Electromyography in the Horse: A Useful Technology?

Research output: Contribution to journalJournal Article

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Abstract

Equine performance research to date has focussed on cardiorespiratory and biomechanical assessment of the horse neglecting the role of muscles. This review considers electromyography (EMG) in the horse, with a specific focus on the role of surface EMG (sEMG) as a tool to analyze muscle activity in the sports horse. Three themes have been evaluated in the horse using EMG: muscle recruitment, muscle activity during exercise, and fatigue. Results support kinematic research and add to the knowledge base on how the horse moves. Surface EMG is a relatively noninvasive technology requiring clipping which can be used effectively in the ridden horse. Understanding equine locomotion and how muscles respond during different exercises could inform and evaluate training practices used in the sports horse. However, issues exist for example individual variation, accuracy of sensor placement, and preventing noise within the EMG signal. Therefore, key concepts in research design, data acquisition, and processing are explored to inform future studies and to enable reasoned judgments on the validity and reliability of sEMG as a tool to investigate muscle recruitment and activity and subsequently assess performance in the horse. The high level of intersubject variance observed in between-subjects' designs combined with differences seen between individuals may preclude reliable comparison of muscle performance between groups of horses. Therefore, within-subject designs are advised for future sEMG studies. A standardized approach to data collection and analysis conforming to guidance from the human Surface EMG for Non-Invasive Assessment of Muscle database is recommended including consideration of the inherent challenges that present in EMG research.
Original languageEnglish
Pages (from-to)43-58
Number of pages18
JournalJournal of Equine Veterinary Science
Volume60
Issue numberJanuary
Early online date16 Feb 2017
DOIs
Publication statusPublished - 1 Jan 2018

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electromyography
Electromyography
Horses
Technology
horses
Muscles
muscles
Personnel Selection
sports
Sports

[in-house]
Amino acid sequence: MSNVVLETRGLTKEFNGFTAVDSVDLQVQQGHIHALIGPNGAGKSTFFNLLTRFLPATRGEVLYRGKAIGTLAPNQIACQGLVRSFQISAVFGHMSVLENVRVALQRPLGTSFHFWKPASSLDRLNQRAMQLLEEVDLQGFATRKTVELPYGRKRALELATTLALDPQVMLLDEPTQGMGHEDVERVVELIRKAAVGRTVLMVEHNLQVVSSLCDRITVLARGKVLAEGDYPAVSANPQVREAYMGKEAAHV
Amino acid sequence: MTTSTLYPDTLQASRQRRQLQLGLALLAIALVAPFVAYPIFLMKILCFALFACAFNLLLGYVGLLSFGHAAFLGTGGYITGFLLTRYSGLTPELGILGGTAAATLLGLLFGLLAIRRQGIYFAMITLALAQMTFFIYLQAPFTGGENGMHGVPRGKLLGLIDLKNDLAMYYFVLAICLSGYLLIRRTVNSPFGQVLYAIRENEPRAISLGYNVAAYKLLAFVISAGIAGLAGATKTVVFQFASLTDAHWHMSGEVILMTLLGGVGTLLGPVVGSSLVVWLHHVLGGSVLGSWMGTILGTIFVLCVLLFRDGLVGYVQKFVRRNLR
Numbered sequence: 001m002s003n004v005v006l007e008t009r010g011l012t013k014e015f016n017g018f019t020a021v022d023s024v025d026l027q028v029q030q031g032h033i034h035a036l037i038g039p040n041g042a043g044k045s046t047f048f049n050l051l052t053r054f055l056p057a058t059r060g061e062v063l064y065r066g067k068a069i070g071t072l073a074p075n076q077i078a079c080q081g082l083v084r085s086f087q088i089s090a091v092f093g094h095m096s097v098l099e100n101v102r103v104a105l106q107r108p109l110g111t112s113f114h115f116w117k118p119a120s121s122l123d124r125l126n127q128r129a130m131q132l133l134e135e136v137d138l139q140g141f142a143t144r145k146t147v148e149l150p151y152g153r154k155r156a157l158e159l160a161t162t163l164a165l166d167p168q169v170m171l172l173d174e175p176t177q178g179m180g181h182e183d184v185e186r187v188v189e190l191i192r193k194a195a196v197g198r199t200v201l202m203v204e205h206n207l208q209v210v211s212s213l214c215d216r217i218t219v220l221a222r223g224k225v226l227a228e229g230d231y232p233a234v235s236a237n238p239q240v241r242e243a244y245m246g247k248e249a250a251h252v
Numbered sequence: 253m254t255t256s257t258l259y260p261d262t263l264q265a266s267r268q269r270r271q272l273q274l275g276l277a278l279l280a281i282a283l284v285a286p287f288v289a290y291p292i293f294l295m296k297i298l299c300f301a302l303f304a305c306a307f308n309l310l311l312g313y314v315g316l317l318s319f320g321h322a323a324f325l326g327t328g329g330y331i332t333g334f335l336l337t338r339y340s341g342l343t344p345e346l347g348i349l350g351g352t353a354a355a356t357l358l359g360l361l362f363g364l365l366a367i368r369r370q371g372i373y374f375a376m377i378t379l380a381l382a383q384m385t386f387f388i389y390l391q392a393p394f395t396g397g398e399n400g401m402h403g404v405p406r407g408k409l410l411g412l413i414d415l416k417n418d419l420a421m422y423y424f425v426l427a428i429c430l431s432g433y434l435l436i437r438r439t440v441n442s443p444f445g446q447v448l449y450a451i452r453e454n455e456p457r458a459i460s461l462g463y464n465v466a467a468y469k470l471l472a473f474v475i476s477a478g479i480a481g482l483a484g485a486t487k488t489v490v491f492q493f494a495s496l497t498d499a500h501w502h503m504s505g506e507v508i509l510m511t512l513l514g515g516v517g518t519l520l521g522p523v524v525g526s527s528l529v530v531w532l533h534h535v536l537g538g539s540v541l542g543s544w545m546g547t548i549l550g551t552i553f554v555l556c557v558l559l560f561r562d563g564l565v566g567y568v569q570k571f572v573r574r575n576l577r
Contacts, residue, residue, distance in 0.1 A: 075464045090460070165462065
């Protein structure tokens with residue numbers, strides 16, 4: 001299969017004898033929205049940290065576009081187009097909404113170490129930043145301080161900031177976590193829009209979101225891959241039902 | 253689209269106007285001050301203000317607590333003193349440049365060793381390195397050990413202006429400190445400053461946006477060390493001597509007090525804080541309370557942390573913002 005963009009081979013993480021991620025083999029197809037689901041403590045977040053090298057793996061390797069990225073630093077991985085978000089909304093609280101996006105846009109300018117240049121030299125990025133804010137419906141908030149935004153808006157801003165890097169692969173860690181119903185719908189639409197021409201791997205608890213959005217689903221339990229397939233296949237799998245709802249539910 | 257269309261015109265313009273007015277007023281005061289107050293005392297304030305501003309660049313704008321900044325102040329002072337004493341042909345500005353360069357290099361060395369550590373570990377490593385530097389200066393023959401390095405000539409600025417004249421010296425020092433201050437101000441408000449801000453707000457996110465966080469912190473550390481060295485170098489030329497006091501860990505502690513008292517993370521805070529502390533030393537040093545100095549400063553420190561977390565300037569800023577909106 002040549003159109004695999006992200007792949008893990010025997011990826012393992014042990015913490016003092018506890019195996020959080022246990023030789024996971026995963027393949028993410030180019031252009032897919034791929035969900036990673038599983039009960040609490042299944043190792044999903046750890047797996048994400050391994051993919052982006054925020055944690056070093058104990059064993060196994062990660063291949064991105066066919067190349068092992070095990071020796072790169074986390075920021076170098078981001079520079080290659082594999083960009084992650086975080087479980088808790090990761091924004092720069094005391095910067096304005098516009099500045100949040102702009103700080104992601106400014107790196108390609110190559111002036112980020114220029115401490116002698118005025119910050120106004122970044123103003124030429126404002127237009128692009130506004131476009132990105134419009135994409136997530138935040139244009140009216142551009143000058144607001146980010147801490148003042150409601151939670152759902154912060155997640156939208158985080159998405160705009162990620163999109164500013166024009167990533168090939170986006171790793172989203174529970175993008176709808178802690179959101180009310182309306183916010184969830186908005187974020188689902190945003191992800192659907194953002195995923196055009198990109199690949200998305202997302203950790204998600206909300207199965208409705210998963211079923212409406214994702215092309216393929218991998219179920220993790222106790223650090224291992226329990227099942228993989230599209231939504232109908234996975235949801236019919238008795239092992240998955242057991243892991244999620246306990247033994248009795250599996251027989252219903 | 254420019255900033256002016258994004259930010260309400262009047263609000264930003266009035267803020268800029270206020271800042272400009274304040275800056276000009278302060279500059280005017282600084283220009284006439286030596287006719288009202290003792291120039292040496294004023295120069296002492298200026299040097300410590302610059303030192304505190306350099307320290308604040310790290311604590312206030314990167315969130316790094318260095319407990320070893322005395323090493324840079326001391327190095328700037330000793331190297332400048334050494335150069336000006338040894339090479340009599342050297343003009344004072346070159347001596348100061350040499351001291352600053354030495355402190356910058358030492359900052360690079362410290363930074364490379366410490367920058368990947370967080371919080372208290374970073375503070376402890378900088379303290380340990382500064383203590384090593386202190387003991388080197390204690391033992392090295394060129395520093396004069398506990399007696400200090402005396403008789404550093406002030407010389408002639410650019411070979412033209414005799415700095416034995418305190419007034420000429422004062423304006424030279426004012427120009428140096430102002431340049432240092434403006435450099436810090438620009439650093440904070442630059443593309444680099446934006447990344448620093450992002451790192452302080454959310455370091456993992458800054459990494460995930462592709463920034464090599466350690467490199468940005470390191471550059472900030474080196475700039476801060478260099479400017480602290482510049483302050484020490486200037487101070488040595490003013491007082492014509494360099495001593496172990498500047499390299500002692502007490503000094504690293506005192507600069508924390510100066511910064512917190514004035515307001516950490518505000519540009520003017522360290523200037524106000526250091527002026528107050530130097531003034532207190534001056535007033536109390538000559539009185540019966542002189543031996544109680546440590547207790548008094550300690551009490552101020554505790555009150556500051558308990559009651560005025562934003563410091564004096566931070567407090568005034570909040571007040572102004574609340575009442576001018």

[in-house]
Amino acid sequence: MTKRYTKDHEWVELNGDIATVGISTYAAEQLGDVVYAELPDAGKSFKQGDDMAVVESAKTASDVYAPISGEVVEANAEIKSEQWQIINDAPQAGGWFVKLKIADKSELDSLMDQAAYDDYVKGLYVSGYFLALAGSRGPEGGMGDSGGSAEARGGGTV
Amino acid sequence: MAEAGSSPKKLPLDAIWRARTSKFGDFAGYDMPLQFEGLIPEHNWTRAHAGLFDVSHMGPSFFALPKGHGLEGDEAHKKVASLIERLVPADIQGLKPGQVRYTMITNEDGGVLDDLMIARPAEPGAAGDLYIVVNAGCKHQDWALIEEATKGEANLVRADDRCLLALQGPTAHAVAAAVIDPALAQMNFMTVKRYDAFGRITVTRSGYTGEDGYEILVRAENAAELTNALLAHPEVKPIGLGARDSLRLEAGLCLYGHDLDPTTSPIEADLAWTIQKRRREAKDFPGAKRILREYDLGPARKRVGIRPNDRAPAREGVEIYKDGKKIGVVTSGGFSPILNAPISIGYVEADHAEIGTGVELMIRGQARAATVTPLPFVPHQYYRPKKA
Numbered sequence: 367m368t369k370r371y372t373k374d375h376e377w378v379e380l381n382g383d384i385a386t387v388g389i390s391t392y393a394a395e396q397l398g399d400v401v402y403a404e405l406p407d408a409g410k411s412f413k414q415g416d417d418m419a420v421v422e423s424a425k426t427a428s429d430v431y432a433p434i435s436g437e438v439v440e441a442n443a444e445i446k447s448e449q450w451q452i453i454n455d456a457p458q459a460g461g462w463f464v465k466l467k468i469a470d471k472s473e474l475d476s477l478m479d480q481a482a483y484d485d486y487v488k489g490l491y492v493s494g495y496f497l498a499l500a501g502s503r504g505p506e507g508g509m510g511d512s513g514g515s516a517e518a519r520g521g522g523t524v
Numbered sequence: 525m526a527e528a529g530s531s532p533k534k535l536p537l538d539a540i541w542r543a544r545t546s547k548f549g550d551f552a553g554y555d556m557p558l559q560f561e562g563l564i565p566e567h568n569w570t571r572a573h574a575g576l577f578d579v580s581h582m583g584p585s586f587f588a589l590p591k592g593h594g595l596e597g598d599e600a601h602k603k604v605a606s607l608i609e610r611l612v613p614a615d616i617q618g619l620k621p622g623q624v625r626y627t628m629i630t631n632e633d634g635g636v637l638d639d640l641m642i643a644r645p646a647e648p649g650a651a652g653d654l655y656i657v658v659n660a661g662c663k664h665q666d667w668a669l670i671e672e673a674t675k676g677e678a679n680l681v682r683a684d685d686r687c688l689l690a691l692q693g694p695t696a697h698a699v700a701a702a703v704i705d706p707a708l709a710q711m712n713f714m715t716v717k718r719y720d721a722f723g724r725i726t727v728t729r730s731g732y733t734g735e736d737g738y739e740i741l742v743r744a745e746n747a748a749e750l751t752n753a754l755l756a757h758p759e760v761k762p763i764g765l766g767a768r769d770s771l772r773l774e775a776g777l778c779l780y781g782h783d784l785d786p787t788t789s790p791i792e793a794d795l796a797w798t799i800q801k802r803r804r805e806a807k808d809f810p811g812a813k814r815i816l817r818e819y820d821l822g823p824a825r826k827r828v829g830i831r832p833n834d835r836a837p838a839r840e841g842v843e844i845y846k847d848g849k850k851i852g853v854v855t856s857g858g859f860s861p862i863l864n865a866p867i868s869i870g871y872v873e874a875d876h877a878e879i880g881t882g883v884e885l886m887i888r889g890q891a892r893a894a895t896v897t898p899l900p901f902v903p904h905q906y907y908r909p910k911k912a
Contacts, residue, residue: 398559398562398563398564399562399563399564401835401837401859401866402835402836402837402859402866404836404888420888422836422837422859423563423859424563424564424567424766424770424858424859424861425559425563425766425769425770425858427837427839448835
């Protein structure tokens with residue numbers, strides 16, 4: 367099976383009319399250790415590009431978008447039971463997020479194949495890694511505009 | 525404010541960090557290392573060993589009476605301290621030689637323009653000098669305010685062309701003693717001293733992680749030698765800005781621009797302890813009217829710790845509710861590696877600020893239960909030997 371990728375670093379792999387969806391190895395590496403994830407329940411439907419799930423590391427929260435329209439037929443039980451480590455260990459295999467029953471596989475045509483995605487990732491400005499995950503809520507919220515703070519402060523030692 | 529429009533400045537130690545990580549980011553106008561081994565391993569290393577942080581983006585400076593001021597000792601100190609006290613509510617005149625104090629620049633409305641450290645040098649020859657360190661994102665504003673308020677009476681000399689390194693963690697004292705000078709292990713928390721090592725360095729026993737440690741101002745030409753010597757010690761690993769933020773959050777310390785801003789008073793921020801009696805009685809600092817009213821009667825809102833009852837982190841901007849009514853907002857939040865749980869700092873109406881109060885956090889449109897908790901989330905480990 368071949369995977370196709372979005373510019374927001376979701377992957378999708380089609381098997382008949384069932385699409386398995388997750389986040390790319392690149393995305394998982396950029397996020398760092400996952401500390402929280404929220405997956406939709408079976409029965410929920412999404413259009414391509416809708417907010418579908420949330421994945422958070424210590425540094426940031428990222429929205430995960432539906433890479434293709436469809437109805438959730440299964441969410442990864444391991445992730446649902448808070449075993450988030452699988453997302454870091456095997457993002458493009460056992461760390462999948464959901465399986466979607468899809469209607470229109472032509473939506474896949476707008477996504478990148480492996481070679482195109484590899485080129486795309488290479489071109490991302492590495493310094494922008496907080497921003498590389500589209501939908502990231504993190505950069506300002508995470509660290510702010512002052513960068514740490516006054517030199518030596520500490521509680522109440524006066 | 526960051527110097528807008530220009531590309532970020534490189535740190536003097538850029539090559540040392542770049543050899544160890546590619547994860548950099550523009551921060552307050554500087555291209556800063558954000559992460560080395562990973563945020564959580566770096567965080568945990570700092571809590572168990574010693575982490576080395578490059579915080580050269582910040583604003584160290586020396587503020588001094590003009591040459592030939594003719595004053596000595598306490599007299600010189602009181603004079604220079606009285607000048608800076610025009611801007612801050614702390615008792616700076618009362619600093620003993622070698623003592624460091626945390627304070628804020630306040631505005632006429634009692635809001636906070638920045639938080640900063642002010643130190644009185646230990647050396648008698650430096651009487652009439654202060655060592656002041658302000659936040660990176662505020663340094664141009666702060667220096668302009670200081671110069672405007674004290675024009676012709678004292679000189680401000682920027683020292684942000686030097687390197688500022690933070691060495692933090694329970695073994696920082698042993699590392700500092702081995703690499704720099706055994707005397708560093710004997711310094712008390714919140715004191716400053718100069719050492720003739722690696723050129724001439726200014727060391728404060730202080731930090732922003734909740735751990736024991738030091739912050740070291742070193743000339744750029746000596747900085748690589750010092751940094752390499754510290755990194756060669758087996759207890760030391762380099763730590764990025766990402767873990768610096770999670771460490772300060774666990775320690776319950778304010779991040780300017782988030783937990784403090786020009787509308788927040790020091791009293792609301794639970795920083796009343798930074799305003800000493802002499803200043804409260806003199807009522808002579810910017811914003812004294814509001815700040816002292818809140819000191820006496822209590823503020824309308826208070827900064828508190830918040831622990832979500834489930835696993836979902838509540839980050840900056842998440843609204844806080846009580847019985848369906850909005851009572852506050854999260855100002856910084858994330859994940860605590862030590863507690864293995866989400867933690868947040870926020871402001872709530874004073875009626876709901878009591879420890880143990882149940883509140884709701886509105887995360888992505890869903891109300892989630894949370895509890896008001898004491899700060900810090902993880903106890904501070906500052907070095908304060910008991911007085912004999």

exercise
Research
Knowledge Bases
Locomotion
kinematics
Biomechanical Phenomena
Reproducibility of Results
sensors (equipment)
locomotion
Fatigue

Keywords

  • Electromyography
  • Equine
  • Equine muscle
  • Indwelling EMG
  • Surface EMG

Cite this

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title = "Electromyography in the Horse: A Useful Technology?",
abstract = "Equine performance research to date has focussed on cardiorespiratory and biomechanical assessment of the horse neglecting the role of muscles. This review considers electromyography (EMG) in the horse, with a specific focus on the role of surface EMG (sEMG) as a tool to analyze muscle activity in the sports horse. Three themes have been evaluated in the horse using EMG: muscle recruitment, muscle activity during exercise, and fatigue. Results support kinematic research and add to the knowledge base on how the horse moves. Surface EMG is a relatively noninvasive technology requiring clipping which can be used effectively in the ridden horse. Understanding equine locomotion and how muscles respond during different exercises could inform and evaluate training practices used in the sports horse. However, issues exist for example individual variation, accuracy of sensor placement, and preventing noise within the EMG signal. Therefore, key concepts in research design, data acquisition, and processing are explored to inform future studies and to enable reasoned judgments on the validity and reliability of sEMG as a tool to investigate muscle recruitment and activity and subsequently assess performance in the horse. The high level of intersubject variance observed in between-subjects' designs combined with differences seen between individuals may preclude reliable comparison of muscle performance between groups of horses. Therefore, within-subject designs are advised for future sEMG studies. A standardized approach to data collection and analysis conforming to guidance from the human Surface EMG for Non-Invasive Assessment of Muscle database is recommended including consideration of the inherent challenges that present in EMG research.",
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Electromyography in the Horse: A Useful Technology? / Williams, Jane M.

In: Journal of Equine Veterinary Science, Vol. 60, No. January, 01.01.2018, p. 43-58.

Research output: Contribution to journalJournal Article

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